The conference, which was supported by Shikhar, highlighted the power of innovation in education. The focus was on the crucial role that media can play to create a sustained discourse, and highlight innovations that get more girls to school, keep them in school and improve the quality of learning for all children.
Evidence shows that even a single year of secondary school for a girl correlates with as much as a 25 per cent increase in her future earnings.
Despite the decreasing number of girls out of school, many around the world are still denied a quality education and a chance to reach their full potential.
In India, the number of out-of-school children stands at 8.1million, of which 4.5 million are girls. For every 100 boys enrolled, 88 girls are enrolled in secondary school. The main causes of school dropout among girls are child marriage and child labour.
"Investing in the education of girls, especially the most marginalised, is needed to make progress on most social indicators in India", said Urmila Sarkar, Chief of Education UNICEF.
Giving examples of how communities have arranged for safe school transport for girls in hard-to-reach areas from Udaipur, Rajasthan, she said: "Innovation in girls' education will be instrumental to female empowerment and breaking the cycle of poverty and deprivation."
Sarkar also highlighted the importance of gender sensitisation. Teachers who have undergone gender sensitisation training have made a significant difference for adolescent girls in schools. The participation of Muslim girls has improved in Madrasas of Malda district of West Bengal, where adolescent groups have been set up and trained. The girls now take up issues with the Panchayat to ensure entitlements reach the people.
The conference was chaired by top representatives of academia and media, Prof. Mohd Miyan, Vice Chancellor, Maulana Azad National Urdu University and Director General, Doordarshan News, S.M. Khan.
They shared examples of how technology coupled with media outreach, has increased access to education for out-of-school girls and improved the quality of learning for every child.
They urged Urdu media to dedicate media space, and build capacities of reporters to highlight issues and innovations in education, especially of girls.
Civil society representatives from Shikhar, Prof Rihan Khan Suri and Ambarish Rai of the RTE Forum spoke on how civil society efforts can build on the momentum created by a conducive educational policy framework, and ensure that girls have access to quality learning environments.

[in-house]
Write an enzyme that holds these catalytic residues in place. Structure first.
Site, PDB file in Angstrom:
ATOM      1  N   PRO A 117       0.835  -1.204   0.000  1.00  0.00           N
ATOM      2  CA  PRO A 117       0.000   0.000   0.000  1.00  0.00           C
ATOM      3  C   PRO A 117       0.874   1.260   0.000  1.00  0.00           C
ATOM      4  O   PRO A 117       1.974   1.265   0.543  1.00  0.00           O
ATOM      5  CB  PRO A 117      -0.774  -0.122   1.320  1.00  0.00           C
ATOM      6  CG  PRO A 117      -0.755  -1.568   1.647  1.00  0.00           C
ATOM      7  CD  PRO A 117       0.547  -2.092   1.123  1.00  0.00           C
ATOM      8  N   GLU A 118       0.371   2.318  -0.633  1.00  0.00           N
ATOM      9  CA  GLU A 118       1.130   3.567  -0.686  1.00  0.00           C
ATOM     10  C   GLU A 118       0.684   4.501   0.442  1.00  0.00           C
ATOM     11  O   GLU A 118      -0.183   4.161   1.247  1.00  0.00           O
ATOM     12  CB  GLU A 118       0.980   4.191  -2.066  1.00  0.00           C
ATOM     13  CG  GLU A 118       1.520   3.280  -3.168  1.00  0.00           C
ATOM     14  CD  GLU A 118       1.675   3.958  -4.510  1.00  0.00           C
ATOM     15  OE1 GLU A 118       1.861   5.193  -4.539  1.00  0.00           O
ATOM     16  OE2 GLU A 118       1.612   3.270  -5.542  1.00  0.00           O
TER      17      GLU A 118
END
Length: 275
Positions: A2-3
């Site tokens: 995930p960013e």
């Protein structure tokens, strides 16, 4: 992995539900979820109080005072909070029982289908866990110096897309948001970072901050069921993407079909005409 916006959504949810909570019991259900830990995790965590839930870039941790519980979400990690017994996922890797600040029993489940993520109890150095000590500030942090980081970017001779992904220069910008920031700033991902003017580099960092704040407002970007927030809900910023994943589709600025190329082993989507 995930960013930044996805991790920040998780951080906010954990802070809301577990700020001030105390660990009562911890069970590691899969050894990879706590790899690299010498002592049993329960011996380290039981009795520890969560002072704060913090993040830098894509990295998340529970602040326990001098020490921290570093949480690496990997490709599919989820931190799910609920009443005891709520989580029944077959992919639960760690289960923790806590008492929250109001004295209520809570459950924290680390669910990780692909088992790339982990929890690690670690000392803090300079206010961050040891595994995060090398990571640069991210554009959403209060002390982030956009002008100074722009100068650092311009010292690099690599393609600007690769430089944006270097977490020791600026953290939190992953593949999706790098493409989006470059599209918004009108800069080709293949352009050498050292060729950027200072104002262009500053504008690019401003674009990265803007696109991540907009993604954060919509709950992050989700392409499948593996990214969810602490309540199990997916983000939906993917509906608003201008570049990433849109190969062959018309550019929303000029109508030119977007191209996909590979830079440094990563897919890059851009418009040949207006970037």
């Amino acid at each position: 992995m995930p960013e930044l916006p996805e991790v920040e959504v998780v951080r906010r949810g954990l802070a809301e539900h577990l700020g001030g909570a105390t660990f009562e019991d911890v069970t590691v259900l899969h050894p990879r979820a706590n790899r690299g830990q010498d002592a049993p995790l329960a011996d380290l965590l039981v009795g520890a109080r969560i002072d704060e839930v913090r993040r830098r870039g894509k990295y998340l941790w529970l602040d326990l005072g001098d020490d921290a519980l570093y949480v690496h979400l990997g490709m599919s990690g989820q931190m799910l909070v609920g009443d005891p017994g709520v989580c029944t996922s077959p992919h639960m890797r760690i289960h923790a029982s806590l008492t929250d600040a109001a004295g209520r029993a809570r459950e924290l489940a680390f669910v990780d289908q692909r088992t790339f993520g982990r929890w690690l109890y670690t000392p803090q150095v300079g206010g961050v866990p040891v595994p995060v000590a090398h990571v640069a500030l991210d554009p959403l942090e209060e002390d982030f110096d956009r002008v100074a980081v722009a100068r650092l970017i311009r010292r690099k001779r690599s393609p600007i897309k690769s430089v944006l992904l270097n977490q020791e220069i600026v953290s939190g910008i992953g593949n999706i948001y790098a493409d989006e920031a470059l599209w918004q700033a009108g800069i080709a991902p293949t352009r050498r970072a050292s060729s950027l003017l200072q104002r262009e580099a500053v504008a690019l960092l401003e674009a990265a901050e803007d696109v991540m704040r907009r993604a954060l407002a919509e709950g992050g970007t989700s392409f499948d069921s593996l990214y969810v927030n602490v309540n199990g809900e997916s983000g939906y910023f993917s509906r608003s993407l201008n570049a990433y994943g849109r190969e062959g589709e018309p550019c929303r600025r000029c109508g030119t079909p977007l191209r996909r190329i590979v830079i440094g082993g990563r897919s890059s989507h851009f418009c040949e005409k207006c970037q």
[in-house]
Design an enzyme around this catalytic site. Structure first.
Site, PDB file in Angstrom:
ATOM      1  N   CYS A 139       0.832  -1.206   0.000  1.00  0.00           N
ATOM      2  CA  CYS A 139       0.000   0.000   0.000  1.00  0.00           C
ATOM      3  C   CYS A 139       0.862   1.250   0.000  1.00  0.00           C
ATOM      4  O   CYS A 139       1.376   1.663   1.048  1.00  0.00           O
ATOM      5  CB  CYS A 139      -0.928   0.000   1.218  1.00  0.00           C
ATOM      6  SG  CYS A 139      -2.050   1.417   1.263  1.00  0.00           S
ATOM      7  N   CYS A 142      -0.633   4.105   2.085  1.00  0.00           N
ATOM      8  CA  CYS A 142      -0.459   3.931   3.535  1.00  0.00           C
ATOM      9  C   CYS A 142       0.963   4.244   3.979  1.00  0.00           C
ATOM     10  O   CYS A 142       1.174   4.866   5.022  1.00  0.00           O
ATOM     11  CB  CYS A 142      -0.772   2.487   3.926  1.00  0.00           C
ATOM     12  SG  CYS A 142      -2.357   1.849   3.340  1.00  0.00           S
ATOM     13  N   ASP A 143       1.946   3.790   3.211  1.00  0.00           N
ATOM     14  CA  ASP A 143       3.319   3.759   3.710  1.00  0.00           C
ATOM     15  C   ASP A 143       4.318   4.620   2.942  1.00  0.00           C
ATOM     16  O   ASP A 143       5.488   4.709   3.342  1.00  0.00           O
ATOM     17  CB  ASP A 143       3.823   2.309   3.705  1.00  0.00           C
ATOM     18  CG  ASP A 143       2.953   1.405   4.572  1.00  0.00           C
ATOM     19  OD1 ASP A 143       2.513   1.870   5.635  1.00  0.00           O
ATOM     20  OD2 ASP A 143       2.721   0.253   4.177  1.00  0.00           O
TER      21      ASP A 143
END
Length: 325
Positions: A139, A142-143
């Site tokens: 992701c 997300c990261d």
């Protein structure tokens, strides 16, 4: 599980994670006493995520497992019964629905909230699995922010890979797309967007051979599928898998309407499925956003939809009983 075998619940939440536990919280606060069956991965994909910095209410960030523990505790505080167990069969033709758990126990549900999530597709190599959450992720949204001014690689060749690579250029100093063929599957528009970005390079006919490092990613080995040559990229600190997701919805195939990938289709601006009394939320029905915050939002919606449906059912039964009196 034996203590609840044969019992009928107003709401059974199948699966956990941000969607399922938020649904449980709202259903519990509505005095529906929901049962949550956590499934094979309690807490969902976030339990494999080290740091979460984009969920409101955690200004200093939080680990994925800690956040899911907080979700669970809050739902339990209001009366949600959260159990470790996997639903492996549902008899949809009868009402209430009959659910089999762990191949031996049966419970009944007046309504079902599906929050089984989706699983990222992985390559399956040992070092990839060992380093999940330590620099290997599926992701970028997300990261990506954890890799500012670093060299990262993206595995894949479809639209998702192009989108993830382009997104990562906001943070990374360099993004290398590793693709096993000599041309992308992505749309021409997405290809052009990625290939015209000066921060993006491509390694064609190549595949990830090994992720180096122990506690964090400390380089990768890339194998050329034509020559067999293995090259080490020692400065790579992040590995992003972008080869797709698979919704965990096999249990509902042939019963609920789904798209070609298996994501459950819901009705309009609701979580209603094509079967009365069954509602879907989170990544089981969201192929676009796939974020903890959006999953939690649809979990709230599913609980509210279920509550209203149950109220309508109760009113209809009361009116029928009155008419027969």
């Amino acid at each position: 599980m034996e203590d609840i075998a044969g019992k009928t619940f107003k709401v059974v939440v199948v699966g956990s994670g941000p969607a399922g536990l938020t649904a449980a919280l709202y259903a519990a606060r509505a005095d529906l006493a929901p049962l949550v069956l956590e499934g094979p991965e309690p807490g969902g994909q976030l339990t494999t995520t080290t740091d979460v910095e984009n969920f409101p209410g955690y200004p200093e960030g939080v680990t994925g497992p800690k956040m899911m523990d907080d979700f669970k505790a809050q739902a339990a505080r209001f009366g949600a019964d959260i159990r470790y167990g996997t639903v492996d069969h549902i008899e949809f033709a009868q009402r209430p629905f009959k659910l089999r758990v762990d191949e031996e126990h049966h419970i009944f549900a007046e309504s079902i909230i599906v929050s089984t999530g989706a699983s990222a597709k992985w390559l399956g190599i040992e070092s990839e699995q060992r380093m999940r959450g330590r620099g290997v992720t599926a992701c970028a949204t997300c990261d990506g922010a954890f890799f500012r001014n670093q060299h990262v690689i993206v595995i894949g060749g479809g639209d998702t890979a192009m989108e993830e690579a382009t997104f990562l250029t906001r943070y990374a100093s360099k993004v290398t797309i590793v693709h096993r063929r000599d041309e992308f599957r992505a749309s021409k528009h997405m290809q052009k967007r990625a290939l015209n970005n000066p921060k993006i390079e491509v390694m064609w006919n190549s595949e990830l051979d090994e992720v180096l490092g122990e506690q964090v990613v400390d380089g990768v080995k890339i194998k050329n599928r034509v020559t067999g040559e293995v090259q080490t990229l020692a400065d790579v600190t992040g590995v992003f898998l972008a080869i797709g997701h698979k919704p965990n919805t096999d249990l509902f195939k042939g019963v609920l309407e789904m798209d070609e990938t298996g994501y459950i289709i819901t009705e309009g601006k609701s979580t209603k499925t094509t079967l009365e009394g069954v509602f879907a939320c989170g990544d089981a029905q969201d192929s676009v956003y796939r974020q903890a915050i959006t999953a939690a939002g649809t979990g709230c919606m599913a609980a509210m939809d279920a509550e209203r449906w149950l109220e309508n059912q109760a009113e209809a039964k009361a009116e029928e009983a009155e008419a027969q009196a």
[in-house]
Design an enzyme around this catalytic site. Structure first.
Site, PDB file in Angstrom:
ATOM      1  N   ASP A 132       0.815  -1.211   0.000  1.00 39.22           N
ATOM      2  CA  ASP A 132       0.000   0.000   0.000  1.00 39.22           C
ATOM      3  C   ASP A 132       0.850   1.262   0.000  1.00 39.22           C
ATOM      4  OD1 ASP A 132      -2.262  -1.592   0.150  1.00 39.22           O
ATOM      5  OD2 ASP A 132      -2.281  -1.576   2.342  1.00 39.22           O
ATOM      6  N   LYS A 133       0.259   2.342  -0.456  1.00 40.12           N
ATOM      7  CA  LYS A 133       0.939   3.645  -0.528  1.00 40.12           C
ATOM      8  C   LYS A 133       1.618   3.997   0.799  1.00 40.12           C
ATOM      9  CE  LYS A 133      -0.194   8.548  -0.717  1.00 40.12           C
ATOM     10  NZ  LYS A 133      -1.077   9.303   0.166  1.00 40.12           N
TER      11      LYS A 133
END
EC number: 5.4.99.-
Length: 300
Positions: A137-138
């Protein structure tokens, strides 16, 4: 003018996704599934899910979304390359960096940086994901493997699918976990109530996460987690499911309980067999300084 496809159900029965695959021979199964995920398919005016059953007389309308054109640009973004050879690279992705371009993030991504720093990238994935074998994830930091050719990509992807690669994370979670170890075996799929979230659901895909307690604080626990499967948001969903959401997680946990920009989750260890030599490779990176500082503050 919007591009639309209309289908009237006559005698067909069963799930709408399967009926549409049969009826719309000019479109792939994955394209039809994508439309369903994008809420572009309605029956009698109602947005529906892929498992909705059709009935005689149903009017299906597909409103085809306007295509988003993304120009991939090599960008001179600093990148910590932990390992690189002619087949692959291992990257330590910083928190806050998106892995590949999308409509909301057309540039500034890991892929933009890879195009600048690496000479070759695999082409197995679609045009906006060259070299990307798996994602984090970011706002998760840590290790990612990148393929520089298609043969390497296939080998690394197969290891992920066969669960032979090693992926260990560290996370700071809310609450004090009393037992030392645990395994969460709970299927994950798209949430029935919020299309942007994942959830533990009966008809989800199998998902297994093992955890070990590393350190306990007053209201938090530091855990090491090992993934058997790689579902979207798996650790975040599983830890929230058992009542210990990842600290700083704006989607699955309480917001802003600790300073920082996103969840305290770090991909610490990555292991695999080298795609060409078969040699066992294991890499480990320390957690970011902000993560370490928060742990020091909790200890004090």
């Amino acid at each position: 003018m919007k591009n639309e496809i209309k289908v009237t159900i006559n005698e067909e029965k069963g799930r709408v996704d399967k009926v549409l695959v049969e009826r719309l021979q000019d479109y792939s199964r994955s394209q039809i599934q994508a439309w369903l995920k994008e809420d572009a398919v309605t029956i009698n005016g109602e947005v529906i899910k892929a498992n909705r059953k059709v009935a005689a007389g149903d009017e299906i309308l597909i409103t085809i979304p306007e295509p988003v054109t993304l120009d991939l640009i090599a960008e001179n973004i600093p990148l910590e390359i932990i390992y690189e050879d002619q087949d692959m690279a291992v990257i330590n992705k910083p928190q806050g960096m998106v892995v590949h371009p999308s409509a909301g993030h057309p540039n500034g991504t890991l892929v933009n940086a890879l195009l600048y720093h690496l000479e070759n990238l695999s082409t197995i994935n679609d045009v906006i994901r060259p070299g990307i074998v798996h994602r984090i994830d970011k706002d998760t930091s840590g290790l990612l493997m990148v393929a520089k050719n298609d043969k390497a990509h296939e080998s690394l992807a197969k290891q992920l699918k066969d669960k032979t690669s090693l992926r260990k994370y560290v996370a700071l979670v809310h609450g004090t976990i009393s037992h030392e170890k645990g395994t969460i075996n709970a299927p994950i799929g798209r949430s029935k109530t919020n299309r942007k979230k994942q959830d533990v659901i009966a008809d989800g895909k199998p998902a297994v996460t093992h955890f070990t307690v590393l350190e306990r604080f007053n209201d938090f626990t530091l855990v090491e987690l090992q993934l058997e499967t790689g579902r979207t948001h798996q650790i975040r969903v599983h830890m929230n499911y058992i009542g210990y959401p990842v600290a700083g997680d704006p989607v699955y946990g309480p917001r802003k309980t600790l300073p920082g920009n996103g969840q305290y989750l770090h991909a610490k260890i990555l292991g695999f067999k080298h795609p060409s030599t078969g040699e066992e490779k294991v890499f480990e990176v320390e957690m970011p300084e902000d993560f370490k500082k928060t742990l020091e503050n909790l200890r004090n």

Highlighting the crucial role of media, Caroline den Dulk, Chief of Communication and Advocacy, said: "Innovation can mean embracing new ways to overcome other barriers that keep girls out of school. Media, especially Urdu media which has the third largest readership after Hindi and English, can create a sustained dialogue on the diverse avenues available for girls to remain in school."
Innovation in other parts of the world is also helping to reach the hardest to reach children who are at the greatest risk of being out- of- school.
In Uganda, EduTrack is using SMS text messaging to connect students and schools with UNICEF, enabling them to report on learning, teacher quality, and violence in schools. In India, the Meena radio programme implemented in five states has developed a cadre of aware and empowered girls and boys in remote rural areas.
Elementary education in India has made significant progress over the past few decades.
The landmark passing of the Right of Children to Free and Compulsory Education (RTE) Act 2009 marks a historic moment for the children of India. For the first time in India's history, children are guaranteed their right to quality elementary education by the state with the help of families and communities.
The conference highlighted the need to strengthen collective action that civil society and private sector organizations can take to ensure that the education goals of India can be met.
--ANI (Posted on 07-11-2013)